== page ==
As a long-time practicing attorney in the fields of estate planning, risk mitigation, wealth management and asset protection, I’ve seen clients (and the professionals who should have served them better) in a rush to put their pens to paper rather than first discussing the client’s priorities and values. Here is a protocol for a more favorable outcome:
• Start with a thinking-and-valuing exercise that amounts to a quiet personal assessment of ‘what really matters’. Honestly consider the example and the values passed down to your children and what kind of steward you have been of what you have earned and invested so far. Write down the core values, dreams and objectives that you want to matter in the lives of your children – and yes, your grandchildren. The end result should be your own personal ‘Values and Vision Statement’. It should reflect what you and your children as adults will be known to stand for.
• Next, is an exercise I like to call ‘I Suddenly Died Today and Didn’t Get to Say Goodbye’. Though it may be uncomfortable, take about 30 minutes to jot down what would actually take place over the next two years following your sudden death today versus what you hope or guess or think might happen. This is often a real ‘eye-opener’ if you own a business, have investments, are paying for a home, have debts, children or plans for the future. Most believe we will die in our old age, at home in bed, without pain, still looking good, surrounded by our adoring family and with all our bills paid and our dreams attained.
These two steps can be done in either order. They are best done in private, but always in a relaxed setting, perhaps even in a ‘family retreat’ in a resort setting if you wish to include your children in writing a family Values and Vision Statement. With these steps complete, professional planners can do their best work.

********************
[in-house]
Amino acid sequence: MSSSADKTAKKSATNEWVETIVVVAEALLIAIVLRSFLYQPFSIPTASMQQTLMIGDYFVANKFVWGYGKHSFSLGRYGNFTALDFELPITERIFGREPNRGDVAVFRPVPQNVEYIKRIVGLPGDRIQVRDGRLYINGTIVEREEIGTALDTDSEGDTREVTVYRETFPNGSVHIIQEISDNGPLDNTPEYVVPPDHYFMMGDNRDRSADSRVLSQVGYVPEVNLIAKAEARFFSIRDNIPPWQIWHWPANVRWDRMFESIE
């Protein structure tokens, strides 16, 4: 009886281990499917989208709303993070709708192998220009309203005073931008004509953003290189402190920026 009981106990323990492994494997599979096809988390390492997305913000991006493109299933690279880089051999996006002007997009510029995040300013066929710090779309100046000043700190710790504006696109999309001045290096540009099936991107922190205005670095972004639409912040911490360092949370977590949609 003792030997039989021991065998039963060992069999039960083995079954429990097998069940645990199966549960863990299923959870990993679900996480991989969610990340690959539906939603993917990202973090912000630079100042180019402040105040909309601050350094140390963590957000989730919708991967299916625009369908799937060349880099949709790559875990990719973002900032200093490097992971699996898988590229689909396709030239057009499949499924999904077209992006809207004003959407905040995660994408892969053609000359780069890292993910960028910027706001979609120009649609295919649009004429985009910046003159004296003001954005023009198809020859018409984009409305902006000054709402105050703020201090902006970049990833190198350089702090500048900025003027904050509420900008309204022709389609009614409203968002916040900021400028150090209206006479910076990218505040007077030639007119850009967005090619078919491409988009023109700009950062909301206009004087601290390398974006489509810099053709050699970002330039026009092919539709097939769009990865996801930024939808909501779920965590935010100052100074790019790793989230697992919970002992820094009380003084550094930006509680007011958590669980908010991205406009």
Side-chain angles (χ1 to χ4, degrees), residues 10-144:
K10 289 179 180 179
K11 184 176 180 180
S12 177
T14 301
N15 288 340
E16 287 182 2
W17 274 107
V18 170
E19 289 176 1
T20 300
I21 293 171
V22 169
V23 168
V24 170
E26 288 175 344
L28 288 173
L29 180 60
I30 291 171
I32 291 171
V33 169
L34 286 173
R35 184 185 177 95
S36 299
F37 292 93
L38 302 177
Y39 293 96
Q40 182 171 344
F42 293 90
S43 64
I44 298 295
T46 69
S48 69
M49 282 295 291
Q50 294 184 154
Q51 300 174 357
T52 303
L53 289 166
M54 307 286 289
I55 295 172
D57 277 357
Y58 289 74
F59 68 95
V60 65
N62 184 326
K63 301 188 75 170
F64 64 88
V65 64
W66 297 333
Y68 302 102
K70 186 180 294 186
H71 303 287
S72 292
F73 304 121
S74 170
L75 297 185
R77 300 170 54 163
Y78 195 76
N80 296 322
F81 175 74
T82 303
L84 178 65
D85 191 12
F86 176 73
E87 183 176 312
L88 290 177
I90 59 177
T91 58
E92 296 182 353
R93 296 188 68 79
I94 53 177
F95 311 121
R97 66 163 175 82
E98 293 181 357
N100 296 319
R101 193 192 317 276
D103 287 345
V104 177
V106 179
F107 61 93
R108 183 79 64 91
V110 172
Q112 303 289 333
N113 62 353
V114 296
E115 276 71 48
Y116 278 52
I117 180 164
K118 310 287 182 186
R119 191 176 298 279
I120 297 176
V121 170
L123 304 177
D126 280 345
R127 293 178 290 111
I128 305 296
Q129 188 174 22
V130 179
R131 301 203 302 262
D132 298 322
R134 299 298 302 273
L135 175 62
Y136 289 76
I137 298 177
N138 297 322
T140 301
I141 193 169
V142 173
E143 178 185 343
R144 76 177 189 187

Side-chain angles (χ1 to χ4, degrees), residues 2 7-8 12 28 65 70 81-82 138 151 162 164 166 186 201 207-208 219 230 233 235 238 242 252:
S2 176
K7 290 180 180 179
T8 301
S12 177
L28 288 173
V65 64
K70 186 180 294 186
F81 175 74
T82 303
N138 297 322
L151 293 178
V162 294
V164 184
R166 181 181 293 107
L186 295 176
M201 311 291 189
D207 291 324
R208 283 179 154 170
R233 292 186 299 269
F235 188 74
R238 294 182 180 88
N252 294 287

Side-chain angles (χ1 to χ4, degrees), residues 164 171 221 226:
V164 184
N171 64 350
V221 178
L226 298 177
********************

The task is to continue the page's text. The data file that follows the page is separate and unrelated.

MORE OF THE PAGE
As a planner, I always enjoy having a ‘context’ in which to help clients reduce their business and investment risks, strengthen their financial and asset protection and plan their estate for themselves, their children, their grandchildren and their favorite charities. For example, I enjoy it when family multi-generation trusts contain ‘incentives’ for the children or grandchildren to achieve educational goals, business ownership, contribute to science or the arts, participate in community improvement and church life. The incentives may be in the form of matching funds for investments or retirement savings the children or grandchildren so that they are encouraged to be productive.
Updating your estate and financial planning, reviewing your insurance and retirement planning, forming a family limited partnership for liability protection and to pursue investment and business goals, forming an estate planning trust, holding investments and business enterprises in limited liability companies and securing the financial outcomes you hope for are all important steps. But they should always be based on a solid foundation of ensuring your ‘core values’ are reflected in the planning and documents you sign.